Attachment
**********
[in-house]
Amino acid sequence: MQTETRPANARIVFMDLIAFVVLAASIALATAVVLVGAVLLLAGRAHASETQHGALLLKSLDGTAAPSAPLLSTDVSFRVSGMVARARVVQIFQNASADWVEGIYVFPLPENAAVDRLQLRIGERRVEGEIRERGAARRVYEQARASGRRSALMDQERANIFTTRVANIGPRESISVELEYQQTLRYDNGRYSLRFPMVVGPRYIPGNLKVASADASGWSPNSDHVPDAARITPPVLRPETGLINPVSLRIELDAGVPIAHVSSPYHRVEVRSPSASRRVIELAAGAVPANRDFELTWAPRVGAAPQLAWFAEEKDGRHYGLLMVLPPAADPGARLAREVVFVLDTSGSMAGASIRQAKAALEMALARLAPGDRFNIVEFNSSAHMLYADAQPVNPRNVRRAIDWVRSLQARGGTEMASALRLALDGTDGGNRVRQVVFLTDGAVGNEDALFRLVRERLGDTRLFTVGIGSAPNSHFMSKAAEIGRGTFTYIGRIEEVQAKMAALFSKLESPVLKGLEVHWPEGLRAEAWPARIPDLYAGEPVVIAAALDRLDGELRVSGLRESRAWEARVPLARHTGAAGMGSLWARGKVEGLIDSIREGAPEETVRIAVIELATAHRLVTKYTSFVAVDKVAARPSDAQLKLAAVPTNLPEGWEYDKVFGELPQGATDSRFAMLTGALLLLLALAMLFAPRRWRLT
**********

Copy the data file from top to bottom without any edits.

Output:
[in-house]
Amino acid sequence: MQTETRPANARIVFMDLIAFVVLAASIALATAVVLVGAVLLLAGRAHASETQHGALLLKSLDGTAAPSAPLLSTDVSFRVSGMVARARVVQIFQNASADWVEGIYVFPLPENAAVDRLQLRIGERRVEGEIRERGAARRVYEQARASGRRSALMDQERANIFTTRVANIGPRESISVELEYQQTLRYDNGRYSLRFPMVVGPRYIPGNLKVASADASGWSPNSDHVPDAARITPPVLRPETGLINPVSLRIELDAGVPIAHVSSPYHRVEVRSPSASRRVIELAAGAVPANRDFELTWAPRVGAAPQLAWFAEEKDGRHYGLLMVLPPAADPGARLAREVVFVLDTSGSMAGASIRQAKAALEMALARLAPGDRFNIVEFNSSAHMLYADAQPVNPRNVRRAIDWVRSLQARGGTEMASALRLALDGTDGGNRVRQVVFLTDGAVGNEDALFRLVRERLGDTRLFTVGIGSAPNSHFMSKAAEIGRGTFTYIGRIEEVQAKMAALFSKLESPVLKGLEVHWPEGLRAEAWPARIPDLYAGEPVVIAAALDRLDGELRVSGLRESRAWEARVPLARHTGAAGMGSLWARGKVEGLIDSIREGAPEETVRIAVIELATAHRLVTKYTSFVAVDKVAARPSDAQLKLAAVPTNLPEGWEYDKVFGELPQGATDSRFAMLTGALLLLLALAMLFAPRRWRLT